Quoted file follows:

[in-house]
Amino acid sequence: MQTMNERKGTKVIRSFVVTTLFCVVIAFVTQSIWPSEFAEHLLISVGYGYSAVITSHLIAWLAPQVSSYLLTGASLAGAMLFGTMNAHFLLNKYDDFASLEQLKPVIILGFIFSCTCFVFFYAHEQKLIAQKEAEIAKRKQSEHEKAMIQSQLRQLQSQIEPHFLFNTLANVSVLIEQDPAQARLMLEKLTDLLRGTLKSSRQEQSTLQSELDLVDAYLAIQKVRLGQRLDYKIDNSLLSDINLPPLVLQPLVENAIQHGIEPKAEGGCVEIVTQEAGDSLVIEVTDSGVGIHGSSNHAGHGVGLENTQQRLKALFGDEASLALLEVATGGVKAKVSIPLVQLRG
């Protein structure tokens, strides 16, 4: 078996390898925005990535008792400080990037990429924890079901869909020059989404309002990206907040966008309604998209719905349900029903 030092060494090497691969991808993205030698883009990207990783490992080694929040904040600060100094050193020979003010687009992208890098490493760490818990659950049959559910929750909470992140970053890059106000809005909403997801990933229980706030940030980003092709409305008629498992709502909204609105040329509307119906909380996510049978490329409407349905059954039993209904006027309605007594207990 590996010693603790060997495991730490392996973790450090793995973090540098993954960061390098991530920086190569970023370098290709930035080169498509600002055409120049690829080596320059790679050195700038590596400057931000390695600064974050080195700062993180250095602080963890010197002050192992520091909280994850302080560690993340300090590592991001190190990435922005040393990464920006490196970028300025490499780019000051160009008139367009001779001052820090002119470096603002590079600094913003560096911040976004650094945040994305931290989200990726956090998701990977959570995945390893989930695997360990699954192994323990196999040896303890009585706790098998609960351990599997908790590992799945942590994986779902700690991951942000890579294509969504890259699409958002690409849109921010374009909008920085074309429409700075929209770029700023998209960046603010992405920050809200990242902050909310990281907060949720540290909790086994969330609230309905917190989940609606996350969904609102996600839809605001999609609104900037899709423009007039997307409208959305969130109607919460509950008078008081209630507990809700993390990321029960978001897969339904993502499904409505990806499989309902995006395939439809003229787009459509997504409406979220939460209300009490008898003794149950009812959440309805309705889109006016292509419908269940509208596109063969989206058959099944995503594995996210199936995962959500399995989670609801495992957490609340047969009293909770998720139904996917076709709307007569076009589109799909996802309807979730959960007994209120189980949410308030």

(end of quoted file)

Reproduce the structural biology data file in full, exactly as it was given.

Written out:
[in-house]
Amino acid sequence: MQTMNERKGTKVIRSFVVTTLFCVVIAFVTQSIWPSEFAEHLLISVGYGYSAVITSHLIAWLAPQVSSYLLTGASLAGAMLFGTMNAHFLLNKYDDFASLEQLKPVIILGFIFSCTCFVFFYAHEQKLIAQKEAEIAKRKQSEHEKAMIQSQLRQLQSQIEPHFLFNTLANVSVLIEQDPAQARLMLEKLTDLLRGTLKSSRQEQSTLQSELDLVDAYLAIQKVRLGQRLDYKIDNSLLSDINLPPLVLQPLVENAIQHGIEPKAEGGCVEIVTQEAGDSLVIEVTDSGVGIHGSSNHAGHGVGLENTQQRLKALFGDEASLALLEVATGGVKAKVSIPLVQLRG
């Protein structure tokens, strides 16, 4: 078996390898925005990535008792400080990037990429924890079901869909020059989404309002990206907040966008309604998209719905349900029903 030092060494090497691969991808993205030698883009990207990783490992080694929040904040600060100094050193020979003010687009992208890098490493760490818990659950049959559910929750909470992140970053890059106000809005909403997801990933229980706030940030980003092709409305008629498992709502909204609105040329509307119906909380996510049978490329409407349905059954039993209904006027309605007594207990 590996010693603790060997495991730490392996973790450090793995973090540098993954960061390098991530920086190569970023370098290709930035080169498509600002055409120049690829080596320059790679050195700038590596400057931000390695600064974050080195700062993180250095602080963890010197002050192992520091909280994850302080560690993340300090590592991001190190990435922005040393990464920006490196970028300025490499780019000051160009008139367009001779001052820090002119470096603002590079600094913003560096911040976004650094945040994305931290989200990726956090998701990977959570995945390893989930695997360990699954192994323990196999040896303890009585706790098998609960351990599997908790590992799945942590994986779902700690991951942000890579294509969504890259699409958002690409849109921010374009909008920085074309429409700075929209770029700023998209960046603010992405920050809200990242902050909310990281907060949720540290909790086994969330609230309905917190989940609606996350969904609102996600839809605001999609609104900037899709423009007039997307409208959305969130109607919460509950008078008081209630507990809700993390990321029960978001897969339904993502499904409505990806499989309902995006395939439809003229787009459509997504409406979220939460209300009490008898003794149950009812959440309805309705889109006016292509419908269940509208596109063969989206058959099944995503594995996210199936995962959500399995989670609801495992957490609340047969009293909770998720139904996917076709709307007569076009589109799909996802309807979730959960007994209120189980949410308030």